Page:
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The Basics of Foreclosure: What Charleston Rental Property Investors Need to Know

Foreclosed Charleston Home for Sale If you’re an investor, you might be wondering if foreclosures are a good deal. Given that you can purchase these properties for a small percentage of their market worth and that certain Charleston property managers have profited greatly from the sale or rental of these properties, it makes sense. It’s critical to know the essentials of foreclosure before stepping foot in the foreclosure market. This will assist you in choosing future investment properties and managing your present rents, helping you to make wise selections. Let’s look at what you need to know about foreclosure thoroughly in the paragraphs that follow, from what transpires during the procedure to how it may affect your rental property business.

What is Foreclosure?

Once a borrower is late in paying their mortgage and the lender begins legal action to reclaim the property, the foreclosure process has started. Most often, financial hardships, loss of employment, divorce, severe sickness, etc. prevent borrowers from being able to make their monthly mortgage payments. Foreclosures can be driven by a lot of factors, but they always have the same outcome. When the owner ceases making payments, the bank or lender will often initiate foreclosure proceedings and reclaim ownership of the property.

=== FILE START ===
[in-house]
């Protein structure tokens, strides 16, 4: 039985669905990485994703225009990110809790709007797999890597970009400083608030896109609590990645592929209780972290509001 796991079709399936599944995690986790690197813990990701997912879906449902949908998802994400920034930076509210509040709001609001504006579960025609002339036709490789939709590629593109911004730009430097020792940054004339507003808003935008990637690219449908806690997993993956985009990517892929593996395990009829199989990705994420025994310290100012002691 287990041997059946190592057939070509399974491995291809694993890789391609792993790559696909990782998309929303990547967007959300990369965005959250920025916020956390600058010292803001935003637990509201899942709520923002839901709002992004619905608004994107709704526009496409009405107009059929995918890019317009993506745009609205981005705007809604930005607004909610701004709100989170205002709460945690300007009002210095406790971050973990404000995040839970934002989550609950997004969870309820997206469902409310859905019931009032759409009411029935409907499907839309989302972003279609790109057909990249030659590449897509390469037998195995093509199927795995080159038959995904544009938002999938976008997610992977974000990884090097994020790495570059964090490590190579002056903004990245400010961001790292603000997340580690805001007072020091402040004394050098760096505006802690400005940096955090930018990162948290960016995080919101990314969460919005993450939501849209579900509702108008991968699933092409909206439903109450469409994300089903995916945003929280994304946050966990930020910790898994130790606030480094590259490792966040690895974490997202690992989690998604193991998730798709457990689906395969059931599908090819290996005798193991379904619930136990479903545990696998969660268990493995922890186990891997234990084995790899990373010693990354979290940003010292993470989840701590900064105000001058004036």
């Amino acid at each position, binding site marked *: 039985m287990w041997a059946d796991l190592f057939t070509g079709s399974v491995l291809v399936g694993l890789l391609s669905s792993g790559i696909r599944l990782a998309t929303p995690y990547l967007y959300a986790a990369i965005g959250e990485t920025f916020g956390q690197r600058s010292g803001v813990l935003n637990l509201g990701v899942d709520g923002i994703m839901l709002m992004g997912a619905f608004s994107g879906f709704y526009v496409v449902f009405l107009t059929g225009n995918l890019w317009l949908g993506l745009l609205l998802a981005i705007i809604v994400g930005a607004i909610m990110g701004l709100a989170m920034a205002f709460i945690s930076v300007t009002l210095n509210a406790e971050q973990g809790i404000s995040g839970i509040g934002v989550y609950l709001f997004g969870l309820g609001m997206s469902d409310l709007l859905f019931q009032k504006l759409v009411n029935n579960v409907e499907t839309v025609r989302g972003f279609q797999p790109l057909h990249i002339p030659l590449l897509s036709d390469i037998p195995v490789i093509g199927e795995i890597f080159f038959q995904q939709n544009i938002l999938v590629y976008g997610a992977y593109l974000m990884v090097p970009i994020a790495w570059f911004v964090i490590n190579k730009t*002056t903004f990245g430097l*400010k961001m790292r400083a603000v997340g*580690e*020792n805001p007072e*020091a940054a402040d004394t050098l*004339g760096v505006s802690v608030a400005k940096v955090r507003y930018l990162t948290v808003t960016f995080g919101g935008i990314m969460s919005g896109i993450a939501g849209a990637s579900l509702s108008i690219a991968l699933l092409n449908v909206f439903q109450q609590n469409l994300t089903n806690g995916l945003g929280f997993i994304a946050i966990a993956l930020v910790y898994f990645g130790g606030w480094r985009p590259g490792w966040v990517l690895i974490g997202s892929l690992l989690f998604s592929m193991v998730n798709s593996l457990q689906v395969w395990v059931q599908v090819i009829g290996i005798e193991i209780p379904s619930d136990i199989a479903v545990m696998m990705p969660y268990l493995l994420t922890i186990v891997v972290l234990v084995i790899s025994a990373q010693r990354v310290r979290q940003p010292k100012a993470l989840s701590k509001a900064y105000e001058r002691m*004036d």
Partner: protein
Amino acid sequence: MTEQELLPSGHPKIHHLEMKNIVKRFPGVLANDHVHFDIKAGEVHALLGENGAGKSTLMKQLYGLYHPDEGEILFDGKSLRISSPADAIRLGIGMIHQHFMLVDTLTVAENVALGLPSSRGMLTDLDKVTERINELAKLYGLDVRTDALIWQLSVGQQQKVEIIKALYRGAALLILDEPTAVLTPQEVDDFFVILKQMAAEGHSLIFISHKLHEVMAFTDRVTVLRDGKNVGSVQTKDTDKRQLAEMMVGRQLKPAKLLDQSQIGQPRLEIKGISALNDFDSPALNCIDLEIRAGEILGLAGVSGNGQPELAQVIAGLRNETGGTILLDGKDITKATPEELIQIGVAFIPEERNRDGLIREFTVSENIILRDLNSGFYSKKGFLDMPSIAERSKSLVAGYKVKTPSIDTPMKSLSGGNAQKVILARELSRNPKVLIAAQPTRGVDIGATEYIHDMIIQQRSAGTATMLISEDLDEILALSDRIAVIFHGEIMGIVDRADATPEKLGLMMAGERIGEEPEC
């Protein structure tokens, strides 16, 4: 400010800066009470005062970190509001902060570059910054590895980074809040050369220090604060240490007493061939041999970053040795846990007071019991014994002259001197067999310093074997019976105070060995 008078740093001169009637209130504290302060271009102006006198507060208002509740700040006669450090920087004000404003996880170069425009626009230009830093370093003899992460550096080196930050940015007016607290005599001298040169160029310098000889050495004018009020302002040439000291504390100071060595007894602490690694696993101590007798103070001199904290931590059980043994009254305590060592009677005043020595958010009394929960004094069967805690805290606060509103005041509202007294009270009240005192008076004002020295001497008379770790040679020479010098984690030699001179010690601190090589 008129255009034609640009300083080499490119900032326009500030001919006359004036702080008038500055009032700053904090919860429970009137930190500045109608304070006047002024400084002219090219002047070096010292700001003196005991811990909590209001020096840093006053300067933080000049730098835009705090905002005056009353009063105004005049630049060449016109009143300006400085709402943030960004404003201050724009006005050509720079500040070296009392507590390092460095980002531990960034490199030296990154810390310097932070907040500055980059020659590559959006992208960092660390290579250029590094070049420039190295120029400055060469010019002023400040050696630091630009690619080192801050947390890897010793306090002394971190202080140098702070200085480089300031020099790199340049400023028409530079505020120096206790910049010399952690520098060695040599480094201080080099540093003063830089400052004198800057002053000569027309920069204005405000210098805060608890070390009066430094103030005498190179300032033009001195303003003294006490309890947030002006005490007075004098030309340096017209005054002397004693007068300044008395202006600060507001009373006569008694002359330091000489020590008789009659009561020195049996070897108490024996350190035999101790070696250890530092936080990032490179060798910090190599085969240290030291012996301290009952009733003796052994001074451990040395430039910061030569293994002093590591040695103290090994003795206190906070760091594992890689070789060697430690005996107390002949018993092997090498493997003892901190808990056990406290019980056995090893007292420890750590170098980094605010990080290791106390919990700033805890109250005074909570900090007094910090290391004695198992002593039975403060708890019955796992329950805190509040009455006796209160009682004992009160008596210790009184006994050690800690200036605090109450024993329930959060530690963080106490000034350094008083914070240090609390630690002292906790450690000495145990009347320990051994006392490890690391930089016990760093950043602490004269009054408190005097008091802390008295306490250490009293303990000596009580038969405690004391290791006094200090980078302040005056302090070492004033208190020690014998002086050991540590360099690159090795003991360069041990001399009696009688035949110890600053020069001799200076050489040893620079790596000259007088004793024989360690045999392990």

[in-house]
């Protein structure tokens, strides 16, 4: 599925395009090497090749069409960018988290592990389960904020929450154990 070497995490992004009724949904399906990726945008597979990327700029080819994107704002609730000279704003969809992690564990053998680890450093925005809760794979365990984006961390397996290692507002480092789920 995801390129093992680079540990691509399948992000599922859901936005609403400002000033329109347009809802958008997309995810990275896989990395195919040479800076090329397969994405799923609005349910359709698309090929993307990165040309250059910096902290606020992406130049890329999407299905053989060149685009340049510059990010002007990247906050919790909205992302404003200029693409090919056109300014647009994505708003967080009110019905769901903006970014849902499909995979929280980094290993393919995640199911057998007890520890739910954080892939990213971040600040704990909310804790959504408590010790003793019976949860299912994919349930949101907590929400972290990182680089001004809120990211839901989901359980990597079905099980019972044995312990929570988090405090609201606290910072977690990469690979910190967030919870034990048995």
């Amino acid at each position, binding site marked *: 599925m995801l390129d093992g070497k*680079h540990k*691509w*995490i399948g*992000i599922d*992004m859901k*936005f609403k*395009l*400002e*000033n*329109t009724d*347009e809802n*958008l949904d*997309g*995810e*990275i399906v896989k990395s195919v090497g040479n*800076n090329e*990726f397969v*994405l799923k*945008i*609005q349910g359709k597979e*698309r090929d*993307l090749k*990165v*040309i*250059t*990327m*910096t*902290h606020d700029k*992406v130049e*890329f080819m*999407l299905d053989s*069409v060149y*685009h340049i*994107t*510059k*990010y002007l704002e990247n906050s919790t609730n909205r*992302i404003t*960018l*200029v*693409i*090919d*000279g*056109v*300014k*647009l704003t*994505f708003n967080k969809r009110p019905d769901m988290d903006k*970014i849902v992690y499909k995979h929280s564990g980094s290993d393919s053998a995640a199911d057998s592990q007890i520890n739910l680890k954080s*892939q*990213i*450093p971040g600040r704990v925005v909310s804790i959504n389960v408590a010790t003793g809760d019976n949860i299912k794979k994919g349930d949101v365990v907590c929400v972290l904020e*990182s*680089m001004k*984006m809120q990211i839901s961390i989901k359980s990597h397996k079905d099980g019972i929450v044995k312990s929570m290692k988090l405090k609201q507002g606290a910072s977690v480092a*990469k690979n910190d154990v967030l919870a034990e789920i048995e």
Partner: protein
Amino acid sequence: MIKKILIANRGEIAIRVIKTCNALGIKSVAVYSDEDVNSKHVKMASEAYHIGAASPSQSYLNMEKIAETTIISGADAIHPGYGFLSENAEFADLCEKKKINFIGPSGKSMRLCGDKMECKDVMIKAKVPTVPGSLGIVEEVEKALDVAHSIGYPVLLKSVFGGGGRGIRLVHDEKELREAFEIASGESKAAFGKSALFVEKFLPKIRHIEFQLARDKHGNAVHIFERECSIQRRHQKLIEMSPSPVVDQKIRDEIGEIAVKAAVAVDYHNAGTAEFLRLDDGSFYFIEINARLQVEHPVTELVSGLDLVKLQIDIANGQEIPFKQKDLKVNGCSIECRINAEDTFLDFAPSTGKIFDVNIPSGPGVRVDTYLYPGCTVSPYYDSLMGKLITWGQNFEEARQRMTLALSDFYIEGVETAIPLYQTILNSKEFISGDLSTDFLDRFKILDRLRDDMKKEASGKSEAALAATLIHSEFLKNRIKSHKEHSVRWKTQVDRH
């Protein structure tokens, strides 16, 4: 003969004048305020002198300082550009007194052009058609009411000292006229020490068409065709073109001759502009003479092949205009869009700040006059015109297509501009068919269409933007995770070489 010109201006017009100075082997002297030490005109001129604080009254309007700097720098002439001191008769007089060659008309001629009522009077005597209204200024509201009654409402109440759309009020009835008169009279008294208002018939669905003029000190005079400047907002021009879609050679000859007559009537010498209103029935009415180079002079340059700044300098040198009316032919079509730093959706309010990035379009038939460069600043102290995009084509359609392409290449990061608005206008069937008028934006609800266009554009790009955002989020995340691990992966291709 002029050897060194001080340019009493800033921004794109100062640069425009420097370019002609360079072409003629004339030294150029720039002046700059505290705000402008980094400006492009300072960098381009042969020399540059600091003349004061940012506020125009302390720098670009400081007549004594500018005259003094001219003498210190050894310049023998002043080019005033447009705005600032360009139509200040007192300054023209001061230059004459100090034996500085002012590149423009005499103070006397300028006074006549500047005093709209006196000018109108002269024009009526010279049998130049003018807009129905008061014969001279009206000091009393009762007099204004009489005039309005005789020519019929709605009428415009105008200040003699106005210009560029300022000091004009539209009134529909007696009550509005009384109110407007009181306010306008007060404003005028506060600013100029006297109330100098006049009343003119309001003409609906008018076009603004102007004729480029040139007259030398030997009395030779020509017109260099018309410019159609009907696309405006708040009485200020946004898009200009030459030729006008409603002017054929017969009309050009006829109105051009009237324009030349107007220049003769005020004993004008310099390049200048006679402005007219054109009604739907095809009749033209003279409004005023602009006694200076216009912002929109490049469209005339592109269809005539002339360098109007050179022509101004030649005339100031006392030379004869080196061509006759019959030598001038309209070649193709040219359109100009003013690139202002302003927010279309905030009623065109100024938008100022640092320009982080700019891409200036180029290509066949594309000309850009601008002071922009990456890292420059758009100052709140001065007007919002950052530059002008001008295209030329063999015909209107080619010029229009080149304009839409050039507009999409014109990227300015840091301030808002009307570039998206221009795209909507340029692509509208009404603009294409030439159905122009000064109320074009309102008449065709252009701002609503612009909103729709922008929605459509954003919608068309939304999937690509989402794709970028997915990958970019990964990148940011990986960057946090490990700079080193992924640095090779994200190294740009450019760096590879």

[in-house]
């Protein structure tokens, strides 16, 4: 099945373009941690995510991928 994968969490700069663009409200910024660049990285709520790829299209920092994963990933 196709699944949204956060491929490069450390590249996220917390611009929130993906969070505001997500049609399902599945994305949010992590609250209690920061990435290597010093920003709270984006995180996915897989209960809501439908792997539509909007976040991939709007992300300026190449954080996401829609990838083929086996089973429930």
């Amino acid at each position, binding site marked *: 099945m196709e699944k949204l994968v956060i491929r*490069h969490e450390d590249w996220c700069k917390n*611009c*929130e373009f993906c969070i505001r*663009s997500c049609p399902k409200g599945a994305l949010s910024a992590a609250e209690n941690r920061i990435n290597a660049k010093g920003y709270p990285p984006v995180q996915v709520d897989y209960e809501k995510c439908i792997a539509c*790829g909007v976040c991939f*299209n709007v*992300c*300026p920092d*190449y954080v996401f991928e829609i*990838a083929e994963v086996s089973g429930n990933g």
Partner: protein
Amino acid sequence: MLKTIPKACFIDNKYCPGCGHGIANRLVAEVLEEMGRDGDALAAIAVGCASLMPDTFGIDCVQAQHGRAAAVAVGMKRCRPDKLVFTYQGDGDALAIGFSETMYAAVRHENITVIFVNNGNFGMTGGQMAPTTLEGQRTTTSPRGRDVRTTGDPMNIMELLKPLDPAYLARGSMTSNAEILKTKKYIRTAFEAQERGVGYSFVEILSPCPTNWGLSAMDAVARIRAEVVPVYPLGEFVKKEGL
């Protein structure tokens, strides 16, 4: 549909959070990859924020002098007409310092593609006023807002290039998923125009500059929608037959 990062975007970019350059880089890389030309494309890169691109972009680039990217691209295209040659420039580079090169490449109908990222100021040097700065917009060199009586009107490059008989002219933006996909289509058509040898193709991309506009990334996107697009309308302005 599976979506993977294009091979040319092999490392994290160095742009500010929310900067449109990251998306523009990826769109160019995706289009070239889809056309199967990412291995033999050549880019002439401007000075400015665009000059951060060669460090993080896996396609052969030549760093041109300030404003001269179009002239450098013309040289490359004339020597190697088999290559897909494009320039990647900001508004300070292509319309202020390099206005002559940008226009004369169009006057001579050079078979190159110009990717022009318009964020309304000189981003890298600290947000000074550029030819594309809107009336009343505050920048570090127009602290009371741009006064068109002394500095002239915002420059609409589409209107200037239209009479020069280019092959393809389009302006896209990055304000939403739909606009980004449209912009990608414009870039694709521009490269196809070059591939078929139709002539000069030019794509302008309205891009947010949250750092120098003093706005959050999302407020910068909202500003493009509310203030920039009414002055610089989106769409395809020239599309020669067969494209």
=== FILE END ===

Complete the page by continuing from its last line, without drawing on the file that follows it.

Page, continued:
The Foreclosure Process

Understanding how the foreclosure process functions will help you as a Charleston rental property owner or investor to make good choices. Consider the following essential factors:

Typically, the foreclosure process begins when a borrower has fallen behind on payments for several months. This informs the lender that an issue exists, who may therefore take legal processes to retrieve the property.

Phase 1: Pre-Foreclosure

The lender will go through several procedures before beginning the foreclosure process. If the borrower fails to make the two payments, then the lender writes a demand letter. Although some lenders won’t, most will make an effort to engage with the borrower to make up missed payments. These offers may be incorporated into the demand letter.

After 90 days of missed payments, a lender will often issue a notice of default. The loan is now routinely forwarded to the lender’s foreclosure division. Sometimes lenders will grant the borrower an extra 30 days to cover the missed payments and reinstate the loan. If no settlement is done, the lender will commence foreclosure.

Phase 2: Foreclosure

As is customary, state law governs the foreclosure procedure. The stages necessary to finish the foreclosure proceedings vary from state to state. All states, for one, have restrictions dictating the notices a lender needs to post, the borrower’s choices for avoiding foreclosure, and the timing and procedure for taking control and selling the property.